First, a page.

Wednesday, 4 January 2017

My predictions for 2017 (from the FT Economists' survey)

The Financial Times annual survey of leading British economists' predictions, views and forecasts for the year ahead was published on January 3. Last year (that is, in January 2016) this is what I said about Brexit: 
Q2: Brexit: If the British electorate vote to leave the EU in 2016, how would that: a) change your views about prospects for next year? b) Change your views about medium-term prospects?
I'd divide this into three:
a) short-term: relatively little visible impact. No doubt there would be some turbulence in financial markets, but I doubt we'd see much impact on the real economy in the very short-term (ie next year).
b) medium-term (ie the period of the negotiation over terms of exit and post-exit relationship between the EU and the UK, lasting at least 2 years). Significantly negative. These negotiations would be protracted, complex and probably acrimonious, leading to considerable uncertainty for both UK companies trading with the EU and international investors (not to mention EU citizens resident in the UK and vice versa). All this would be likely to have a substantial and negative impact on business confidence, business investment, FDI, and possibly trade and migration.
c) longer-term (post the negotiations and any transition) — impossible to forecast with any precision at this point, given we have very little idea of what the outcome of the negotiations in b) would be. The UK could undoubtedly survive and prosper outside the EU, and in some respects (flexibility on some aspects of trade and migration policy and regulation, reduced contributions to the EU budget) might benefit; but there are obvious and serious risks, in particular to trade in services (including financial services) which are vital to the UK economy and will become even more so in the next few decades.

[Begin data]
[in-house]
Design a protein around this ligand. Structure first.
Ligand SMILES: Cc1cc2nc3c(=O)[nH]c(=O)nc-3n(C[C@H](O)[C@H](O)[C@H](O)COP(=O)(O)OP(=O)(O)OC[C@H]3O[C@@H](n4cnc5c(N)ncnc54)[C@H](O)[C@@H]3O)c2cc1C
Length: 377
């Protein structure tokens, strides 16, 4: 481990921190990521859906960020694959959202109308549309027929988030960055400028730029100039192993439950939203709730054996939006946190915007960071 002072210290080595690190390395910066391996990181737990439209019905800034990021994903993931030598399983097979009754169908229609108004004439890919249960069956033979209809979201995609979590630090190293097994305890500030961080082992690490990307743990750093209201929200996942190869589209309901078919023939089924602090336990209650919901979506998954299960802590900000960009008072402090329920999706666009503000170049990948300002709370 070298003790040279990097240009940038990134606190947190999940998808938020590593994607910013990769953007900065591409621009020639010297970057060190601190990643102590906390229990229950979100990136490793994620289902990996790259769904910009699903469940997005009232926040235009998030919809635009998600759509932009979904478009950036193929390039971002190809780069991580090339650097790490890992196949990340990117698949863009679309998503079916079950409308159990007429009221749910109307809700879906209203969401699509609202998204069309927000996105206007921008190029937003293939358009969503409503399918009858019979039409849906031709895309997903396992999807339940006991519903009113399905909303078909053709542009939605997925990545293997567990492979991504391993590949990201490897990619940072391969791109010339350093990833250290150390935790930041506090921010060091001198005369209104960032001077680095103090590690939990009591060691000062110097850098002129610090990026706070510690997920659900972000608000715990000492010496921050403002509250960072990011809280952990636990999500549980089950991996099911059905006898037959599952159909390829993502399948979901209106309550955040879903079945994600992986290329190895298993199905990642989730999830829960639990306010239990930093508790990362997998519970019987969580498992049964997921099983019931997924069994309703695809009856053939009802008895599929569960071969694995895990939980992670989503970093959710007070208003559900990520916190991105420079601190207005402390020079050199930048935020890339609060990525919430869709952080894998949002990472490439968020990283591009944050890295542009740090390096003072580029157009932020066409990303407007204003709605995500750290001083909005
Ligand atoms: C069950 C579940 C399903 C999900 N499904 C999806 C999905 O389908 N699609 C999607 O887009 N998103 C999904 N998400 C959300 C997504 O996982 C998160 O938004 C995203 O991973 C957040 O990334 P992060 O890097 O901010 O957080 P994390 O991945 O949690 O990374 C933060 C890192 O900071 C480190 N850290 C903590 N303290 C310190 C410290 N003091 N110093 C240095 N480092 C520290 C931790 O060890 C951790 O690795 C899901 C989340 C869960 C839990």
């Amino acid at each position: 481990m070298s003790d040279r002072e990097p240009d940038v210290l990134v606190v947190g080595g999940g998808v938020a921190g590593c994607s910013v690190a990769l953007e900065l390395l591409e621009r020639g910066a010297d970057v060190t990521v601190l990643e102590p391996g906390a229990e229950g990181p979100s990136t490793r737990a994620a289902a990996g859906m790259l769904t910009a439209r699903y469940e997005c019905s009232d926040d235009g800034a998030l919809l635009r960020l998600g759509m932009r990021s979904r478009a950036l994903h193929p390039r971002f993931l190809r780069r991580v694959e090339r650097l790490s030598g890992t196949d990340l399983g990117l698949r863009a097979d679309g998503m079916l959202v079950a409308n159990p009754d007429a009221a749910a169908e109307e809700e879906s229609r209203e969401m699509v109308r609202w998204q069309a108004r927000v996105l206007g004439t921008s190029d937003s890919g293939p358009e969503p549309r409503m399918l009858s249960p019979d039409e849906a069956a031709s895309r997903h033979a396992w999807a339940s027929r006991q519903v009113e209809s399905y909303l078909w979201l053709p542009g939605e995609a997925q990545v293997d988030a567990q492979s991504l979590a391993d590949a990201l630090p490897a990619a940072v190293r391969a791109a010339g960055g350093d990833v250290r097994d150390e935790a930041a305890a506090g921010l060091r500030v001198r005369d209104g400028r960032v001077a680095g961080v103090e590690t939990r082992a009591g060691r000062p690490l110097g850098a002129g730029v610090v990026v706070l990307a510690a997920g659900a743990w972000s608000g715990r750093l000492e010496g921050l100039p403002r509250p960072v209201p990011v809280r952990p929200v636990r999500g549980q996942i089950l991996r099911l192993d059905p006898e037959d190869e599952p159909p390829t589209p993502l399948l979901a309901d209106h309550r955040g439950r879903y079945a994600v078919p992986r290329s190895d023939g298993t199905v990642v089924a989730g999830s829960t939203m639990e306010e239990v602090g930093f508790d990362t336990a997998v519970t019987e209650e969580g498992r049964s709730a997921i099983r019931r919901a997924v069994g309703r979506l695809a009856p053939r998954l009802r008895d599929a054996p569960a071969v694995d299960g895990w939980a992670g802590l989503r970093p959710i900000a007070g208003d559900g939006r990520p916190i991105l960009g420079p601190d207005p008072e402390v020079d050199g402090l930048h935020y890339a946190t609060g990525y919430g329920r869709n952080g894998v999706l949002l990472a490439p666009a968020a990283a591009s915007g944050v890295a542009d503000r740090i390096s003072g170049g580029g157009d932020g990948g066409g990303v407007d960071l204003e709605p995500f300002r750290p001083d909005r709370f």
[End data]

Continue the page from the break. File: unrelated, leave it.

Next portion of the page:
Below are my detailed predictions from this year.  I'm not a forecaster (and we have seen this year just how unreliable short-term forecasts can be) but they represent my best effort at providing some meaningful analysis of what we can expect over the next year.  Come back next January...
1. Economic prospects
How much, if at all, do you expect UK economic growth to slow in 2017? Please explain your answer.
I would expect it to slow somewhat in the first half of the year. What happens in the second half depends very much on developments with the Brexit negotiations (as well as events in the US and elsewhere in Europe). We could see reasonable if not spectacular growth, but downside risks are large

2. Brexit
Compared to what you thought 12 months ago about the UK's long-term economic prospects outside the EU, are you now more optimistic or more pessimistic than you were?

Please explain your answer.
The strong consensus amongst economists is that Brexit will make the UK significantly worse off in the medium to long term - not disastrously so, but significantly. This is backed up by a considerable body of theoretical and empirical evidence. Of course, this evidence is based on historical data, and past is not necessarily prologue; there is a high degree of uncertainty. But the probability must be that Brexit will make us worse off. It is also important to note that while economic developments since the referendum have certainly not borne out the pessimistic forecasts of some institutions, that really tells us almost nothing about long-term impacts - short-term forecasts are made using very different methodologies to those used to estimate long-term impacts, and (paradoxically) are much less reliable.